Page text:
Starting from Zero with Web Design

ICodecademyCode2‘ve always been interested in web design, though I didn’t know what to call it. I built my first website in the proverbial dark ages of Internet temporality. Spatially, it was located in some long-forgotten Geocity. There were probably twinkling stars. A midi-file of Richard Marx  undoubtedly  played in the background. Over the years I’ve experimented with customizing blogs, but my attention was diverted by jobs and grad schools, when all the while, technology was advancing exponentially. Worse still, I was nearing the end of my PhD and realizing for the first time that the humanities had emerged into the digital age. Too much had changed to just pick up where I left off, and I found myself starting all over again at zero.

If you feel like you’re always playing catch up but don’t know where to start, you’re definitely not alone. Here are a few tips and tricks I picked up over the past year.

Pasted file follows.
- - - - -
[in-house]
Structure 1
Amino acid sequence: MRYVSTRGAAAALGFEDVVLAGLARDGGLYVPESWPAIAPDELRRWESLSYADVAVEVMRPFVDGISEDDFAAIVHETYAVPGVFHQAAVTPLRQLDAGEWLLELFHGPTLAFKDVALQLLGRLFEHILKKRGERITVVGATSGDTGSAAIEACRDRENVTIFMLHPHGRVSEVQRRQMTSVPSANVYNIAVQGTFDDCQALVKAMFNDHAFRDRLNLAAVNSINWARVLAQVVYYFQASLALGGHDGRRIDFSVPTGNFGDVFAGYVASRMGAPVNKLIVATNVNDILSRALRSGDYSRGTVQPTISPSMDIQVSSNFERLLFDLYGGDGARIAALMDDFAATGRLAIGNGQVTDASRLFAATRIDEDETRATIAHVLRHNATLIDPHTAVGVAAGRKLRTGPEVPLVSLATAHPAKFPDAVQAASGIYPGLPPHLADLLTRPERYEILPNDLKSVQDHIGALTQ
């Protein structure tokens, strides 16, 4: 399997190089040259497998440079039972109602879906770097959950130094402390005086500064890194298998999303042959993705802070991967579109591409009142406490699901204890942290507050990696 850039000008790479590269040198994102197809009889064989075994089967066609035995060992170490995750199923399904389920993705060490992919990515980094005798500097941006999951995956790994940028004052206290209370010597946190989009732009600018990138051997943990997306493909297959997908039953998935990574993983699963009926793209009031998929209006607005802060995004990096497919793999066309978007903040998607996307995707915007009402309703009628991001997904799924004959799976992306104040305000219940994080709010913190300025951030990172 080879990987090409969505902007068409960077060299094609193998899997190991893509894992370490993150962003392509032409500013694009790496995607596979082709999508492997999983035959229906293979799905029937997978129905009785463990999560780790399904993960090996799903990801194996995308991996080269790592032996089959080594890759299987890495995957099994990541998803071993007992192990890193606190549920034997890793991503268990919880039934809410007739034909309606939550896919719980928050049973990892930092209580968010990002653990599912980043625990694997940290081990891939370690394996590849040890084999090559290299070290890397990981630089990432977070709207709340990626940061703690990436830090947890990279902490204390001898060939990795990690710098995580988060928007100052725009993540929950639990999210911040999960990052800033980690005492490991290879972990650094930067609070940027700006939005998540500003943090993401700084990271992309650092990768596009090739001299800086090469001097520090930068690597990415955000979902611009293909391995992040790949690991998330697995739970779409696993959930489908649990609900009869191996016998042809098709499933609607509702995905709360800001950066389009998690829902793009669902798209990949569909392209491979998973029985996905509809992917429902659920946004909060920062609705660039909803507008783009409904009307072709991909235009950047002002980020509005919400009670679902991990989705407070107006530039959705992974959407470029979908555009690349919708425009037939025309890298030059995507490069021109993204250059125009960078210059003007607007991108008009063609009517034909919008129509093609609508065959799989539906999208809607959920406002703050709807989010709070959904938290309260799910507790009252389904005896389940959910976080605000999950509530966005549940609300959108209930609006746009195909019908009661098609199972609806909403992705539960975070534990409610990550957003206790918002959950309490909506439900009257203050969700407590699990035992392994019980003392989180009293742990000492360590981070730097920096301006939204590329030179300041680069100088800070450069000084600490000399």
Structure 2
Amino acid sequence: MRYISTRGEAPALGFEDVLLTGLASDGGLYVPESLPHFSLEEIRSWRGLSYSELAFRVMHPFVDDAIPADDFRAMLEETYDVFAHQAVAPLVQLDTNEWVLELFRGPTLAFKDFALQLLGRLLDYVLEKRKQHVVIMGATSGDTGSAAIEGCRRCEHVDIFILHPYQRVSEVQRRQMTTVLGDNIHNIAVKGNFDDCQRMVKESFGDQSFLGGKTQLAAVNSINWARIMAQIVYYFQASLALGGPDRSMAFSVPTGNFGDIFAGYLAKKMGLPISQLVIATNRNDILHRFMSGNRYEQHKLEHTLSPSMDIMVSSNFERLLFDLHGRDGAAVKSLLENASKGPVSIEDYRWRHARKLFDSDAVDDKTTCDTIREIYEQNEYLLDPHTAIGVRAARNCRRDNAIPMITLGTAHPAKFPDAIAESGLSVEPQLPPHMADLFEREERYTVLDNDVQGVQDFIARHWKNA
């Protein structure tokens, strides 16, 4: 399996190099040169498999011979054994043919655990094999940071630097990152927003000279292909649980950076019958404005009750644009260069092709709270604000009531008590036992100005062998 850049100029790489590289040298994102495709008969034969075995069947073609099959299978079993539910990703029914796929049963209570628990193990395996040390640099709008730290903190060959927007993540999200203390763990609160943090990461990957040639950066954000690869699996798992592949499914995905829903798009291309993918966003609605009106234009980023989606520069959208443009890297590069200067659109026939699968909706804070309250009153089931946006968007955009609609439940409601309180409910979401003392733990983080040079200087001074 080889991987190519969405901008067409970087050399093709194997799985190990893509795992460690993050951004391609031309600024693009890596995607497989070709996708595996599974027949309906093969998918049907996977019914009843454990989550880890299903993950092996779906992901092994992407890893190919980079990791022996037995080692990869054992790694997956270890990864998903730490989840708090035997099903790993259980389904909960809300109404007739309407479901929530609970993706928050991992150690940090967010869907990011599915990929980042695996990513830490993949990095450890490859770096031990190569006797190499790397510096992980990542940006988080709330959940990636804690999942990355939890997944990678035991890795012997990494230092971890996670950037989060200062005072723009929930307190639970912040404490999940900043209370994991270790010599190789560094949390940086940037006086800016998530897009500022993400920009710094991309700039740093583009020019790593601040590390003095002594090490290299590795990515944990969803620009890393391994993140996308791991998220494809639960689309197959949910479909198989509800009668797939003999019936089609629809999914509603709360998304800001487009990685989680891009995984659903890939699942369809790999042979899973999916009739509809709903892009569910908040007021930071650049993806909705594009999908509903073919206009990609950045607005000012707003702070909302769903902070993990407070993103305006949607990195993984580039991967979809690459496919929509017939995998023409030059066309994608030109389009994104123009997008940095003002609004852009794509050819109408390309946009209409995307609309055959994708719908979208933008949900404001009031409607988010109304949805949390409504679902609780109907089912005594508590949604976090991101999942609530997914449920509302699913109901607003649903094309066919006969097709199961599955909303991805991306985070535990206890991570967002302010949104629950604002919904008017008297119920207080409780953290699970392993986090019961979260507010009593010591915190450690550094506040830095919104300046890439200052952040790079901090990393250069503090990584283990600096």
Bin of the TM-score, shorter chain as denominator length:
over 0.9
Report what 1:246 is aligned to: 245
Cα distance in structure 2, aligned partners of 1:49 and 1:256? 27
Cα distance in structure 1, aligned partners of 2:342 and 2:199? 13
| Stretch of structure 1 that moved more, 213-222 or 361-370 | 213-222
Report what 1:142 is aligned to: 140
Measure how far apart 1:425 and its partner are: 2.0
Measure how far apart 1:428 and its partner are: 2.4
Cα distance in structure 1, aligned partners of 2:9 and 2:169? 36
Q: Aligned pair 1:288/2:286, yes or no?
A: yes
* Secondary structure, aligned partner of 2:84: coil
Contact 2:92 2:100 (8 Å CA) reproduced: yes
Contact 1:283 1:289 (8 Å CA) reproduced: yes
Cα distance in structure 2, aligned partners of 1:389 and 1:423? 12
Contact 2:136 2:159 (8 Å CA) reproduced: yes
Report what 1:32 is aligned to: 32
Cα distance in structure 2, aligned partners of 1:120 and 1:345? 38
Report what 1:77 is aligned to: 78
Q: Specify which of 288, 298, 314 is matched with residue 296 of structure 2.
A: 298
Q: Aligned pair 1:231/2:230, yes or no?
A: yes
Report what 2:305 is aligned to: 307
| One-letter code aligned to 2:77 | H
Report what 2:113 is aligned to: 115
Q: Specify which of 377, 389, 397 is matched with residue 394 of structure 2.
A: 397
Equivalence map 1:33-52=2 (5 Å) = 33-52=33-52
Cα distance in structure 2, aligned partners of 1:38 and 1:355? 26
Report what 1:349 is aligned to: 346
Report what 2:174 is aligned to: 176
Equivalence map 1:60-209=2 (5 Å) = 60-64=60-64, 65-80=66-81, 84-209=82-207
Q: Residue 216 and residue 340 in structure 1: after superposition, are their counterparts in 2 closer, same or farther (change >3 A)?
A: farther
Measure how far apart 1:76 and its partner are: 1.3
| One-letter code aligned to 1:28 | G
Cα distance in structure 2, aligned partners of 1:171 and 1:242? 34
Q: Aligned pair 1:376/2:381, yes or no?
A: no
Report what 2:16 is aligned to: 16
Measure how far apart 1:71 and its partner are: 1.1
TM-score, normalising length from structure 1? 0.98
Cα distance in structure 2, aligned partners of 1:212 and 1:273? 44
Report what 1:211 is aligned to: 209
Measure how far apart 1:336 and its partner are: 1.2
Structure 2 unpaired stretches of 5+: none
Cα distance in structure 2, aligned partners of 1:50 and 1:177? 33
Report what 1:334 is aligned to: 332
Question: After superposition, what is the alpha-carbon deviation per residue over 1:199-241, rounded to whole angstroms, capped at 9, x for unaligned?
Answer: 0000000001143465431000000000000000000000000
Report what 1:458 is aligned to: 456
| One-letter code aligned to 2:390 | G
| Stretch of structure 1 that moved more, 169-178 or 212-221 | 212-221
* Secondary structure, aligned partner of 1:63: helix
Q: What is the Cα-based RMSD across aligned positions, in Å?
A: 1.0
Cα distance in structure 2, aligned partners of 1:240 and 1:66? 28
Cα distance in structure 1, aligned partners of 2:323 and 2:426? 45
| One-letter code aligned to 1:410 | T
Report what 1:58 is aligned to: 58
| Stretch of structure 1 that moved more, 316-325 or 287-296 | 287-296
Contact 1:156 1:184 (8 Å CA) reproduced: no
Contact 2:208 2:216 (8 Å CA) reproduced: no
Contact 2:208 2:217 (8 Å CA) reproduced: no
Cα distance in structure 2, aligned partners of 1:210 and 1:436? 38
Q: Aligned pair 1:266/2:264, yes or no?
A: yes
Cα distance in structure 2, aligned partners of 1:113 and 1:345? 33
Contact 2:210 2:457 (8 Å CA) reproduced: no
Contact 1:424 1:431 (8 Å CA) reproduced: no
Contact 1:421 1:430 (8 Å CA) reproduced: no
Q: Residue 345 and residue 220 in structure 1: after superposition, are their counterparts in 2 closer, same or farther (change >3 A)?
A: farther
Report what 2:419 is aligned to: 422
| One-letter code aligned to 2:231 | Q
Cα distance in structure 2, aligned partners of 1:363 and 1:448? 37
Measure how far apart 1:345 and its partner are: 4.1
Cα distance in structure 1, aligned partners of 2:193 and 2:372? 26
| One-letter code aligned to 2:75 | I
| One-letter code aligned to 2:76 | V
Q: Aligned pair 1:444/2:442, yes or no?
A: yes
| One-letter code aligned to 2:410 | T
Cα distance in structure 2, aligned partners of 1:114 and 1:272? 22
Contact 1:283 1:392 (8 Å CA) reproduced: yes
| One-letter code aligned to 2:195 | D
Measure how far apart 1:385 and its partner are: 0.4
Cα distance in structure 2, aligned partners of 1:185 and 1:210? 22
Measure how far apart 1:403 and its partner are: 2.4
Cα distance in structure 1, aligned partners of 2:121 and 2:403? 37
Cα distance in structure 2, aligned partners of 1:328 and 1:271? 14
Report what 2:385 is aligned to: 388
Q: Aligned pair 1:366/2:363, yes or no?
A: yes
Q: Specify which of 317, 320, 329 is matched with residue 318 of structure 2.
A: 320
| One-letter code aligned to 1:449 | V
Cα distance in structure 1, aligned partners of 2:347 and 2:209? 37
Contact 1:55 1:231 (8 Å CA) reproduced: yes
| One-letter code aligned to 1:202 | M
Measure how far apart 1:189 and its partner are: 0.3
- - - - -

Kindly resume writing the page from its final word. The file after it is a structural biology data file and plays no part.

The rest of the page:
Where to Start

Web Design

Start with web design. Most websites are written in a combination of HTML and CSS.  HTML stands for “Hyper Text Markup Language,” and it’s the basic language of the Internet. On its own, an HTML site would look pretty boring without lines of code that say “Use this font for the headings” or “Use this image as the background.” But if you write that over and over and over again in your HTML, it gets messy and cluttered, i.e. bad code. That’s where CSS (Cascading Style Sheet) comes in.

CSS is a separate page of code that tells your HTML, “For all headings, use this size font; for all paragraphs, use this color font.” CSS is more efficient because nobody has just one webpage. You may have one website, yes, but each site is made up of many different pages, such as “About,” “Blog,” and “CV.” If , for instance, you decide you don’t like that font or color after all, you would have to go into every single page to make changes. That’s where CSS comes in. You can factor all of that style out of your HTML pages into a CSS page. Then, for any changes you make on the style sheet, it “cascades” down through all of your HTML pages. All the pages are changed at once, and your page looks uniform and more professional.

Where to Learn HTML and CSS